Tuesday, December 22, 2009

Is it safe to nurse during pregnancy?

Yes, in most cases. At this time no medical study has been done on the safety of breastfeeding during pregnancy so it is impossible to list any definitive contraindications. If you are having a complicated pregnancy, such as lost weight, bleeding, or signs of preterm labor, you should problem-solve your individual situation with your caregiver. Depending on your individual situation and feelings you may decide that continued breastfeeding, reduced breastfeeding, or weaning is for the best.
Breastfeeding Contractions

Although uterine contractions are experienced during breastfeeding, they are a normal part of pregnancy. Similar contractions often occur during sexual intercourse, which many couples continue throughout pregnancy.
Miscarriage/Preterm Labor Risks

This is a common worry, but it does not appear to have a strong foundation. A recent review of research on the pregnant uterus reveals that there is actually no theoretical basis for the common concern that breastfeeding can lead to miscarriage or preterm labor in healthy pregnancies. Instead the uterus has many safeguards preventing a strong reaction to the oxytocin that breastfeeding releases.

Interestingly, experts on miscarriage and preterm labor are not among those who see a potential link between breastfeeding and these pregnancy complications. Miscarriage expert Lesley Regan, PhD, MD, quoted in Adventures in Tandem Nursing, saw no reason that breastfeeding should impact pregnancy, even if the mother has a history of miscarriage or is experiencing a threatened miscarriage.
Mother's health

There is no evidence that a well nourished mother who nurses during pregnancy is at risk nutritionally. Breastfeeding does not increase a mother's risk for osteoporosis, even when the mother nurses during pregnancy. Breastfeeding reduces the mother's risk of breast cancer.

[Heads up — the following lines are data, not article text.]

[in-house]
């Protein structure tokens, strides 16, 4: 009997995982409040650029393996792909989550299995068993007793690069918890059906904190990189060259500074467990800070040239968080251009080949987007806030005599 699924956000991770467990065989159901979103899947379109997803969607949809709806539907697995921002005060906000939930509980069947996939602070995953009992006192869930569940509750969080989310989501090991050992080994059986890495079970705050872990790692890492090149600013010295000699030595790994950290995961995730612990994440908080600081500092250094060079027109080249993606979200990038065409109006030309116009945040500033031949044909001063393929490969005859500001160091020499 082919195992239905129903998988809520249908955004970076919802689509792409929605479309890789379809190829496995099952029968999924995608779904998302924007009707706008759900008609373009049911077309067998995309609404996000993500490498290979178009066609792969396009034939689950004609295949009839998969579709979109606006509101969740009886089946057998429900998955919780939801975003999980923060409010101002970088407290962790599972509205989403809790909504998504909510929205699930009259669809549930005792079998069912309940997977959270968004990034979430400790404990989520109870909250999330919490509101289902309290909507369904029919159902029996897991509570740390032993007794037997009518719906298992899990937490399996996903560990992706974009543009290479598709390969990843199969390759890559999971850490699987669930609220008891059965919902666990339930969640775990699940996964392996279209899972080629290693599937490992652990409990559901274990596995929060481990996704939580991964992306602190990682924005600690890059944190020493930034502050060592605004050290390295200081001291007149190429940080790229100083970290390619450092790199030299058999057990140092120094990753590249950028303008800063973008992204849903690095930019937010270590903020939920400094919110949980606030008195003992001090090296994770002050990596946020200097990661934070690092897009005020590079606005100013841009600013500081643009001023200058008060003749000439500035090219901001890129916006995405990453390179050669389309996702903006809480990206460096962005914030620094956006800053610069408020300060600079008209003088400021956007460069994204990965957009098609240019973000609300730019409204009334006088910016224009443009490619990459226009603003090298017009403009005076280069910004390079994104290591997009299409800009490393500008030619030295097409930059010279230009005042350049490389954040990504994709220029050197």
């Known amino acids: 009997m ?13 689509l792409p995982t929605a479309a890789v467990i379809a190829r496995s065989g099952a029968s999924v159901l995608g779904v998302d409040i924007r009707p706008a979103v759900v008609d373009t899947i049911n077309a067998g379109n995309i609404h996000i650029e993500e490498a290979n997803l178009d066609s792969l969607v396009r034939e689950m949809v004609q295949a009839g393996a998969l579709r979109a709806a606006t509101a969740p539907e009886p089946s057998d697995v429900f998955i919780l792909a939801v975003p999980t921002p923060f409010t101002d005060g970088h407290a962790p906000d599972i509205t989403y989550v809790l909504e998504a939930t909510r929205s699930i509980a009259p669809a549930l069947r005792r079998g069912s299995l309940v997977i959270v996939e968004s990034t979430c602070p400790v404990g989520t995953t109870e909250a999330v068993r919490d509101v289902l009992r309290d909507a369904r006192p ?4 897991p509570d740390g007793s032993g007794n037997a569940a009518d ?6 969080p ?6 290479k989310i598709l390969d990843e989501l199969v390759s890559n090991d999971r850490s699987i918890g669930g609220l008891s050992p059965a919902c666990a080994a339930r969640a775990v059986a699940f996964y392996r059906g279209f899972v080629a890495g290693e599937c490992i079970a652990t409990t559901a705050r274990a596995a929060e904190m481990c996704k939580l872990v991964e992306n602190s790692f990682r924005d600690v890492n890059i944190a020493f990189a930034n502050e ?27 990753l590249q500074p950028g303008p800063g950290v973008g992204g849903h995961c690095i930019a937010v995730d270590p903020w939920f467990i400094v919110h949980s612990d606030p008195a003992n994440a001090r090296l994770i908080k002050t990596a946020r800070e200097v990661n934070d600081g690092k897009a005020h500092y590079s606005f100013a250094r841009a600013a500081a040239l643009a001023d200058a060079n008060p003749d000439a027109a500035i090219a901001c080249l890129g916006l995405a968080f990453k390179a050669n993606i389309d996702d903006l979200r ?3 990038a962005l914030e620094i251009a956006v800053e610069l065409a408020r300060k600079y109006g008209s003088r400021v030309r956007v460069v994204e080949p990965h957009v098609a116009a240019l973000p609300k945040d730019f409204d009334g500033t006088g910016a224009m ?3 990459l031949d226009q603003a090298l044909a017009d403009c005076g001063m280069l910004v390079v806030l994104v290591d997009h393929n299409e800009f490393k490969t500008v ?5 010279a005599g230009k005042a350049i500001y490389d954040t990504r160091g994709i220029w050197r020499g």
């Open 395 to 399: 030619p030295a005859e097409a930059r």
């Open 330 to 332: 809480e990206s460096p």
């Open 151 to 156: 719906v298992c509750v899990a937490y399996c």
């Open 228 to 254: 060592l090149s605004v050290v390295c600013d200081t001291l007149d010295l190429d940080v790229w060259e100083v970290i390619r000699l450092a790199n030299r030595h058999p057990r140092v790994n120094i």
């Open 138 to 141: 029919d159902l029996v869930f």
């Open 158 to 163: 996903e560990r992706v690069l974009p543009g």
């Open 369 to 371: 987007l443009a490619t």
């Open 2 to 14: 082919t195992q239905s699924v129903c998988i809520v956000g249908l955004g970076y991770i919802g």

Nursling's health

Your child will benefit from breastfeeding into the second year and beyond. The milk is just as safe during pregnancy, but pregnancy can cause milk to dwindle and can also motivate mother and child to wean. Thus if pregnancy does cause a child to receive less milk, the child will receive proportionally fewer of milk's health advantages. Indeed, weaning before two years increases the risk of illness for a child, according to the American Academy of Family Physicians.

See also: A New Look at the Safety of Breastfeeding During Pregnancy by Hilary Dervin Flower, MA

Experts who endorse the safety of breastfeeding through a healthy pregnancy:

Hilary Flower, MA, author of Adventures in Tandem Nursing: Breastfeeding During Pregnancy and Beyond.

Ruth Lawrence, MD, Professor of Pediatrics, Obstetrics and Gynecology at the University of Rochester School of Medicine and Dentistry, and author of Breastfeeding: A Guide for the Medical Profession.

Nancy Mohrbacher, IBCLC and Julie Stock, MA, IBCLC, authors of LLLI's The Breastfeeding Answer Book.

Jack Newman, MD, FRCPC, author of The Ultimate Breastfeeding Book of Answers.

William Sears, MD, Associate Clinical Professor of Pediatrics at the University of California, Irvine, School of Medicine, and author of The Baby Book and numerous other books.

Debbie Shinskie, RN, IBCLC and Judith Lauwers, BA, IBCLC, authors of Counseling the Nursing Mother.

La Leche League International

The American Academy of Family Physicians

For extensive research-based information on the safety of breastfeeding during pregnancy, see Adventures in Tandem Nursing: Breastfeeding During Pregnancy and Beyond by Hilary Flower. The chapter on health concerns includes a list of 85 references.

Health topics covered include:

* The Mother’s Health
(Maternal Bone Density, Breast Cancer, Maternal Fat Reserves)
* The Nursling’s Health
* Health of the Fetus/Newborn
(Weight Gain Issues, Miscarriage and Preterm Labor, Fetal Well-Being or Distress, Postpartum Milk Production)
* Going Forward
* Pregnancy Complications
* Trust Yourself


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